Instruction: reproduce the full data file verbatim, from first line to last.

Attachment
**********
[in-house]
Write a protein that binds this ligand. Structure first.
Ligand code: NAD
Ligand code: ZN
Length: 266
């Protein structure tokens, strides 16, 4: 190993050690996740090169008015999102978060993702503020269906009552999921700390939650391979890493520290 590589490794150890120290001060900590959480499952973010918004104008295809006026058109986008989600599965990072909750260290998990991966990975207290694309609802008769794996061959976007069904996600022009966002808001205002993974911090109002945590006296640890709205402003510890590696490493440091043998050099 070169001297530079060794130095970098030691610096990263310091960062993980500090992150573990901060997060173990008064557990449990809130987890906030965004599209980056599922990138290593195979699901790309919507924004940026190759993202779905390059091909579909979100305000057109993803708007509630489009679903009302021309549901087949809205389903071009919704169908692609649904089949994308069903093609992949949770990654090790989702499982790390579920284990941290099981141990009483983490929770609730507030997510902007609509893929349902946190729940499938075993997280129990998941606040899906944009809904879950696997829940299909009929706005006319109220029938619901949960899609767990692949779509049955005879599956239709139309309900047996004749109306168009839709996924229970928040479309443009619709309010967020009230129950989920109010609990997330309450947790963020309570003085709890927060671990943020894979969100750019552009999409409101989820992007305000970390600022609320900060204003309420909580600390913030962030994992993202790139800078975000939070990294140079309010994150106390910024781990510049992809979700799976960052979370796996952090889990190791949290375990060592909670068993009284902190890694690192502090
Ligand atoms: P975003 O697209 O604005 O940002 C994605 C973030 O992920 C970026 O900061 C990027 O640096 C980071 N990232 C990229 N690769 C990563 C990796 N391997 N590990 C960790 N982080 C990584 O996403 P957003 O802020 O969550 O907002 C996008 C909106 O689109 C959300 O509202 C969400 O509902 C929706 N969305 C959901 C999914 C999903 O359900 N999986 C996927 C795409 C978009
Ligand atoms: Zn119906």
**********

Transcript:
[in-house]
Write a protein that binds this ligand. Structure first.
Ligand code: NAD
Ligand code: ZN
Length: 266
């Protein structure tokens, strides 16, 4: 190993050690996740090169008015999102978060993702503020269906009552999921700390939650391979890493520290 590589490794150890120290001060900590959480499952973010918004104008295809006026058109986008989600599965990072909750260290998990991966990975207290694309609802008769794996061959976007069904996600022009966002808001205002993974911090109002945590006296640890709205402003510890590696490493440091043998050099 070169001297530079060794130095970098030691610096990263310091960062993980500090992150573990901060997060173990008064557990449990809130987890906030965004599209980056599922990138290593195979699901790309919507924004940026190759993202779905390059091909579909979100305000057109993803708007509630489009679903009302021309549901087949809205389903071009919704169908692609649904089949994308069903093609992949949770990654090790989702499982790390579920284990941290099981141990009483983490929770609730507030997510902007609509893929349902946190729940499938075993997280129990998941606040899906944009809904879950696997829940299909009929706005006319109220029938619901949960899609767990692949779509049955005879599956239709139309309900047996004749109306168009839709996924229970928040479309443009619709309010967020009230129950989920109010609990997330309450947790963020309570003085709890927060671990943020894979969100750019552009999409409101989820992007305000970390600022609320900060204003309420909580600390913030962030994992993202790139800078975000939070990294140079309010994150106390910024781990510049992809979700799976960052979370796996952090889990190791949290375990060592909670068993009284902190890694690192502090
Ligand atoms: P975003 O697209 O604005 O940002 C994605 C973030 O992920 C970026 O900061 C990027 O640096 C980071 N990232 C990229 N690769 C990563 C990796 N391997 N590990 C960790 N982080 C990584 O996403 P957003 O802020 O969550 O907002 C996008 C909106 O689109 C959300 O509202 C969400 O509902 C929706 N969305 C959901 C999914 C999903 O359900 N999986 C996927 C795409 C978009
Ligand atoms: Zn119906």